You can’t understand it, you love your child with all your heart. He is the love of your life. You love spending time with him, but he hurts you.
You don’t see other parents getting abused by their child, yet this is happening to you almost every single day, you’re exhausted, broken, and drained.
You get up every day with the hope that your aggressive ADHD child will have learned, but they don’t, they can’t. You brace yourself for more, knowing your child can’t help it.
It’s not your fault. It’s nothing you’ve done wrong. Your kid’s brain is wired differently than other kid’s brains, it’s as simple as that. It’s difficult to remember this though when your child is ripping your hair out by the roots or punching your husband in the face, but it’s a fact.
You learn to tiptoe around your child, trying to prevent the next explosion of aggressive behavior, which can be set off by the tiniest of things.
Your child takes ADHD medication to help him control his aggressive outbursts, but those meds wear off at about 3.30 pm, so after that, your child can be very explosive. He fights you and your spouse. You’ve tried all the therapies and the parenting courses, you’ve got a bookshelf full of books about ADHD, you’re trying your best.
You’re doing your best in the worse situation imaginable, and it will get better, it will take time, but it will get better. It’s not your fault.
The confusion when your child calms down and returns to their sweet little self is overwhelming but a huge relief. Your child is scared and ashamed of his behavior, worried and dazed.
You take your child in your arms and sob together because you know he can’t help it, and you know he is more distressed than you are. You reassure him that you love him and that everything is ok, because it is.
Broken, you go to bed at night wondering how you could have done things differently, turning events over in your brain. Your marriage is strained through the stress of getting through each day. You know tomorrow will be the same. Each day you try to teach your child to be kind, to be calm, to self-regulate and each day he struggles to contain the impulse to hurt and wound.
You want the world to know what goes on behind closed doors. Having a child with ADHD symptoms doesn’t just mean you’re dealing with Attention Deficit Hyperactivity Disorder. There are many other behavior problems you are dealing with every single day: Oppositional Defiant Disorder, Reactive Aggression, Hyper Aggressive Behaviour, Obsessive Thoughts, Obsessive Actions, Lack Of Empathy, General Safety Issues, and many, many more.
What you want the world to know is that although you smile and pretend you’re fine, you’re actually broken inside. You worry about your child’s future, your family’s future, your mental health. You reach out for help from the specialists and have attended all the parent training courses, but ultimately, you’re on your own. You are surviving day to day with an aggressive ADHD child. You are truly exhausted.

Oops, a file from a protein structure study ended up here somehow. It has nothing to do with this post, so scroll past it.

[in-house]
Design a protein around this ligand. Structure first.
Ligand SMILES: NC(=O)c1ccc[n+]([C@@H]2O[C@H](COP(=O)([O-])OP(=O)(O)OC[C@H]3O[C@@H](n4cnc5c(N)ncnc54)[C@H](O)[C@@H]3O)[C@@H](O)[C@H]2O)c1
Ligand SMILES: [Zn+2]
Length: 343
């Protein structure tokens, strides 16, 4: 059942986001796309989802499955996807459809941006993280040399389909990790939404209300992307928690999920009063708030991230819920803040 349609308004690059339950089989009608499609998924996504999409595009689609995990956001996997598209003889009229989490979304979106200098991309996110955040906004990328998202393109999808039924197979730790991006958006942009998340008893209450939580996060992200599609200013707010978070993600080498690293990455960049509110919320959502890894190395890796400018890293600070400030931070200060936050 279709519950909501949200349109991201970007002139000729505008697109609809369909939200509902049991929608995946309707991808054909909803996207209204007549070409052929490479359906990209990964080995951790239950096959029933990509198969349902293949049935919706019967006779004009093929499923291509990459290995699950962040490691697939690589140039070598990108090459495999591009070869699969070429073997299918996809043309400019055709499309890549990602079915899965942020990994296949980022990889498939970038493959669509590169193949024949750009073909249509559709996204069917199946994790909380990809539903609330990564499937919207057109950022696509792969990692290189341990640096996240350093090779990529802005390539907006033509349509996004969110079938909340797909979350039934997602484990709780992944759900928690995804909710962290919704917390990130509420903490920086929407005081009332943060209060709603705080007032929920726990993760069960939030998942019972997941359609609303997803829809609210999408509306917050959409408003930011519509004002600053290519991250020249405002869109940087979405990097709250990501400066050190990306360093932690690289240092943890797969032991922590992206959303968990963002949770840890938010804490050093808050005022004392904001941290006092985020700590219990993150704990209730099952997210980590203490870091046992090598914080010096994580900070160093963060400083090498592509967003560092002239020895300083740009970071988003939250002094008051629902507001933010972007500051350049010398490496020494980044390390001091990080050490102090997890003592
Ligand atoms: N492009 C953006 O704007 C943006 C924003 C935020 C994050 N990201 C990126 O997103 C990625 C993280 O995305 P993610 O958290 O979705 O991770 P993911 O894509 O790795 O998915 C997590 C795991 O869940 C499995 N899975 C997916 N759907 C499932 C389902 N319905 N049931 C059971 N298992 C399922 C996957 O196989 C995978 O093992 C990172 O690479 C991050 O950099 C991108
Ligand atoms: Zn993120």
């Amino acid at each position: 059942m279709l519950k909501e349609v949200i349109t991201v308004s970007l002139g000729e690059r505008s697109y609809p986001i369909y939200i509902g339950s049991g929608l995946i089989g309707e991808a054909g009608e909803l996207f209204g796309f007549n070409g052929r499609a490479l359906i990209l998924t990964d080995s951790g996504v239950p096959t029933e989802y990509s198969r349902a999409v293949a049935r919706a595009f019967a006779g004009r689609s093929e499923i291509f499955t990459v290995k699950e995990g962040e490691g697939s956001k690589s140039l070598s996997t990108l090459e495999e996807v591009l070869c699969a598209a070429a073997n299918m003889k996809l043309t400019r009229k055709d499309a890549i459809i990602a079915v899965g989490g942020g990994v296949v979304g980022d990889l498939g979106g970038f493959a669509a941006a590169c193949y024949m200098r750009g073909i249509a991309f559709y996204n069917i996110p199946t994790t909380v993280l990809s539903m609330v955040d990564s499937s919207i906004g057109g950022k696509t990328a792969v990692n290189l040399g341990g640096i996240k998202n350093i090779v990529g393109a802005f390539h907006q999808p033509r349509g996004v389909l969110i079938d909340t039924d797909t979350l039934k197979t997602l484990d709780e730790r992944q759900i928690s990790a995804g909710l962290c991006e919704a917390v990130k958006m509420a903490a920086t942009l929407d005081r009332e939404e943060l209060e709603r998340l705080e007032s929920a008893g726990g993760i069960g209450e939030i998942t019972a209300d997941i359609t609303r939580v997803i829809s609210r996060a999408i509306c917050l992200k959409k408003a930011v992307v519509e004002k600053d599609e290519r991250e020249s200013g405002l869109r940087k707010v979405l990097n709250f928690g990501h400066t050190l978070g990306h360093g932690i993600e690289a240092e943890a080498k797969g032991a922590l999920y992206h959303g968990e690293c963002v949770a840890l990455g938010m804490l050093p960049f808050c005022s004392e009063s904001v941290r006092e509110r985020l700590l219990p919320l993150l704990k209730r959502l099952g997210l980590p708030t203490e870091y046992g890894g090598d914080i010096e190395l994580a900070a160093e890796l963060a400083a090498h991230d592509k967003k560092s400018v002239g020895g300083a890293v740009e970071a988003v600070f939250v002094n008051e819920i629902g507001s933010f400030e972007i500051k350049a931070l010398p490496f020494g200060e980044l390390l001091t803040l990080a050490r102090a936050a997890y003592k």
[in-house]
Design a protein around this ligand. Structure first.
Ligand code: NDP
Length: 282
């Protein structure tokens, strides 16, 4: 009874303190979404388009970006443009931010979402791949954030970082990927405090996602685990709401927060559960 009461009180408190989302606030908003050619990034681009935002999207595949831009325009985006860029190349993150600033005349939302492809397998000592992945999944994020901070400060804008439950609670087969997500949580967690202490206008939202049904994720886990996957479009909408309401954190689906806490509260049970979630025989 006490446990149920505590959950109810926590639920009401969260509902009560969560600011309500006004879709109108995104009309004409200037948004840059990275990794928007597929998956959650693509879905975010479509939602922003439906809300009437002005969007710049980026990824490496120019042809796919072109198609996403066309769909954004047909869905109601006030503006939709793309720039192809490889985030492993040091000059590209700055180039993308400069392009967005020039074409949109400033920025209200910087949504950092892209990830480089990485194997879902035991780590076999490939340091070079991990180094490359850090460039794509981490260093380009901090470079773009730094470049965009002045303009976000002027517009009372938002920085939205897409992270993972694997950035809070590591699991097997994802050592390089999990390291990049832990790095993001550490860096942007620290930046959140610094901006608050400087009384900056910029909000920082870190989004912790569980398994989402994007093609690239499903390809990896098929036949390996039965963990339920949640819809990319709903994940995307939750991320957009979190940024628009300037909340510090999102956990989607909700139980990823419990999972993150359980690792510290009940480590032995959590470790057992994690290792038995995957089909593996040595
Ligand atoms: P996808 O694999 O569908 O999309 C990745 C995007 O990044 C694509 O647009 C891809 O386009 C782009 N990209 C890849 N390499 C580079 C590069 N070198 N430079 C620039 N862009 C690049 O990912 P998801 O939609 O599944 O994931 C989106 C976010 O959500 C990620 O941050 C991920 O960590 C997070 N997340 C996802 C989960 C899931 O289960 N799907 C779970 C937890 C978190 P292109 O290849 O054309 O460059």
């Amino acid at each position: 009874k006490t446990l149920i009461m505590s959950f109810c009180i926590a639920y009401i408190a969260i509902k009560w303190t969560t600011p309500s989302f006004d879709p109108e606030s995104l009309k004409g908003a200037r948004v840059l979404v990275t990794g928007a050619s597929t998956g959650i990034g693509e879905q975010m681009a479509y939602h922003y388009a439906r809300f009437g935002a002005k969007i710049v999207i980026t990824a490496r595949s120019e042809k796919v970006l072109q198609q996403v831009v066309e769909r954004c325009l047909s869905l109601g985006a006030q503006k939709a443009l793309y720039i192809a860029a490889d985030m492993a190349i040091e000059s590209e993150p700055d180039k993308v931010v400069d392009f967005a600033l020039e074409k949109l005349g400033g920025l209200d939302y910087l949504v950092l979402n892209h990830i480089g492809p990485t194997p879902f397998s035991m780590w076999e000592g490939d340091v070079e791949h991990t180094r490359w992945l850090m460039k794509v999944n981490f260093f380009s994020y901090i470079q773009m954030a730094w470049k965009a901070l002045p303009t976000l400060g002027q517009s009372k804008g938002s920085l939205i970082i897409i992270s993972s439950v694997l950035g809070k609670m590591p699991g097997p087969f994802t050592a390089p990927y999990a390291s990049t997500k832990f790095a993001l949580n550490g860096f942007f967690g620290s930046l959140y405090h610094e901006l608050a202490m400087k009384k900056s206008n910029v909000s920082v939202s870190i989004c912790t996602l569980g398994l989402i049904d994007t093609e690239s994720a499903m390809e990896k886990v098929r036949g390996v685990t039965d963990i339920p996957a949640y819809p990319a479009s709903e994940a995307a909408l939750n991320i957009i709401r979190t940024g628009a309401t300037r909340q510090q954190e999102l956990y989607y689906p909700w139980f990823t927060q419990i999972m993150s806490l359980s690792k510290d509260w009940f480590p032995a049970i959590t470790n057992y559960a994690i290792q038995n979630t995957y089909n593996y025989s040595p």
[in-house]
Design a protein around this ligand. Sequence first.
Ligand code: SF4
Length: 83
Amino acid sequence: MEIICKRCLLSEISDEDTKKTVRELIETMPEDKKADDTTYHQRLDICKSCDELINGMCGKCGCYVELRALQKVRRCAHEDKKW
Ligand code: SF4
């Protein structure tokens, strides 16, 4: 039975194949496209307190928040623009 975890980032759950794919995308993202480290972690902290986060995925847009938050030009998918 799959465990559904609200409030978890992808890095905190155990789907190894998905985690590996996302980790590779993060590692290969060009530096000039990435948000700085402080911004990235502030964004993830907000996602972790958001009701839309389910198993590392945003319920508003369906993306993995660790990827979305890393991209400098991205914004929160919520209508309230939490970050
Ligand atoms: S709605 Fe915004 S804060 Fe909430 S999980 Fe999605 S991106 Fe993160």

You want the world to know that in everyday situations, you’re just waiting for the next explosion, if you seem distracted, that is why. You avoid situations where you have to take your child as you know he will be overstimulated, which will lead to a huge meltdown. It’s the old saying, “it’s not you, it’s me,” you’re not avoiding people, you’re just putting out fires. You cant relax in company when your child is around, you’re permanently on high alert.
That’s what you want the world to know, but most of all, you want them to know that this child is the love of your life, he’s intelligent, funny, and kind, tenacious, bright, and loving. He is a bundle of joy and extremes. He’s daring and courageous, he’s all the things every other child is and more. But there’s a part of his brain that doesn’t work the same as other children, and that’s what you deal with daily. He’s not naughty. He’s just a little bit broken and can’t control his impulsive behavior. With love, kindness, and perseverance, you’ll get there. You’ll help him grow into a kind caring young man.
Many disorders cause a child not to be able to control their anger. ADHD is one of those disorders. My child is 9 years old; he hits, kicks, and throws things at me almost every day. Not toddler hits, hard punches to the face, pulling hair out at the roots, real hard kicks aimed to cause pain. He has had therapy and is medicated, it’s a living hell, but he is also the sweetest kid you’ll ever meet. Some days are worse than others and for the most part, my child is happy, however, the meltdowns are extreme. I am not alone. In the Facebook chat groups, many parents of children with ADHD and ASD are going through the same thing. If you see a mum struggling, it’s not always down to bad parenting. She’s probably doing the very best she can in circumstances you can not begin to imagine.
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